Game Reviewed By: John Bridgman
Evaluating an installment of an established franchise offers particular challenges. Do you look at it in a vacuum, or as a part of the bigger picture? Should a title stand on its own, or work necessarily with the rest of the series? There is no simple answer to these questions. Yakuza 0, releasing Tuesday, January 24th, is the prequel to Sega’s long-running Yakuza series, and overall a great game in its own right.
Taking place in Japan during the real estate boom of the 80s, Yakuza 0 tells the story of the series’ main protagonist Kiryu Kazama and his recurring rival Goro Majima. Much younger and less wise to the world than we are accustomed to seeing, these two become involved in the machinations of the Tojo family of Yakuza. Their naiveté leads them deep into conflict with their objectives and personal moralities as they progress in the underworlds of their respective districts.
Kiryu’s chapters take place in the Kamurocho District, a tightly-packed neon paradise of excesses. Here, he attempts to discover who framed him for a murder of a man who Kiryu shook down for loan payment. As he progresses he gets involved with a shady real estate company and runs a collection of businesses in the District, assigning managers and collecting money from them while continuing his search.
Majima, meanwhile, is a nightclub manager in Sotenbori, and he is trying to get back into the Yakuza after being banished for a failure to follow orders. Managing involves tasks such as dealing with unruly patrons (without laying hand on them, in fact), and hiring new hostesses to entertain the clientele. These segments, in all honesty, can be a little uncomfortable and I found myself not really looking forward to them.
Which is unfortunate, as Majima’s chapters contain some of my favourite side activities in the game. The crafting system is odd and feels really forced, but it’s connected to an agent dispatch mechanic similar to Final Fantasy Tactics or Assassin’s Creed Brotherhood, and I couldn’t help but get really involved with trying to see what could happen to my agents as I sent them around the world to look for wood, iron, and umbrellas.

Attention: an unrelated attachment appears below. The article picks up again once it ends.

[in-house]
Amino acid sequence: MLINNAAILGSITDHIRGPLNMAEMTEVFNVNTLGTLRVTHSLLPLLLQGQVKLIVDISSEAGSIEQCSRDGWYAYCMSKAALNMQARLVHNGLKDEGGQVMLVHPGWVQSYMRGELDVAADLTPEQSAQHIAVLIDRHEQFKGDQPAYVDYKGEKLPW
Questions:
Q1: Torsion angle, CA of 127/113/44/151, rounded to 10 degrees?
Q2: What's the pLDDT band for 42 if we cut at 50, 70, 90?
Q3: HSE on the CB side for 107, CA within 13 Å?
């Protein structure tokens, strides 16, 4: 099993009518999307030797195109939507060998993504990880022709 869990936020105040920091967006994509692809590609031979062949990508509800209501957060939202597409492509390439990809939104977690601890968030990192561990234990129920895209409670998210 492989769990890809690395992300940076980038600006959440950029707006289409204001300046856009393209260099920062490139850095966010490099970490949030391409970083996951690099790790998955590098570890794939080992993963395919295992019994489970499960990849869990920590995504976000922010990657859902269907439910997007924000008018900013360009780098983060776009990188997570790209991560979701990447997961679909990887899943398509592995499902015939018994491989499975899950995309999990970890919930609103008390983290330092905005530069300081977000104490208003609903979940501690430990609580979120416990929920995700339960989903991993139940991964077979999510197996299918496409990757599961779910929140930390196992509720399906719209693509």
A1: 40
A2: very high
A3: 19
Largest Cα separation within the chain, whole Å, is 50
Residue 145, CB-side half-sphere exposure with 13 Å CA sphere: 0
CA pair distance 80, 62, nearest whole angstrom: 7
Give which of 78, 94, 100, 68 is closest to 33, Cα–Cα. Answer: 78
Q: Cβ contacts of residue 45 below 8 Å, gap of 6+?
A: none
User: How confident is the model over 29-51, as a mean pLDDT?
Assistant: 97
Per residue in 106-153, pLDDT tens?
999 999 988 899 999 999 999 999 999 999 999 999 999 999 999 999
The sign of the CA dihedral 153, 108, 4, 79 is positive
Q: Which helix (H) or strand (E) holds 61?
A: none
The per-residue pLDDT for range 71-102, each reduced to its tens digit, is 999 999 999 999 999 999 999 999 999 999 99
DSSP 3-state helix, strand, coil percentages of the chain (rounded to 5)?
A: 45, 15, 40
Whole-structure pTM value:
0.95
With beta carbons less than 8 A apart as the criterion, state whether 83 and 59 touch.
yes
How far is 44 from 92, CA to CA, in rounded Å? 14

The side content is where the game mostly shines, with hundreds of side stories to go through, and oh so many minigames. There are multiple variants of pool alone, and these are satisfying and thorough enough to sink time into without playing the rest of the game. Darts, bowling, Space Harrier – there are dozens of games you can play for hours. These games also lead to side stories of their own (the dancing minigame in particular features several stories and dance battles to take part in) and before long you risk losing sight of the plot in favour of more side content.
That is not to say the main story is not engaging. Indeed, it goes down intriguing paths and is full of interesting characters, along with a heavier focus on the incredibly fun combat the series is known for. Most plot segments are ways to setup long stretches of beating people up, which is by no means a complaint. The combo-based combat system focuses on using multiple fighting styles and environmental weapons to take down waves of enemies in a delightfully over the top martial arts movie fashion. The first time you break a motorcycle over an adversary, you will really appreciate the depth of the combat.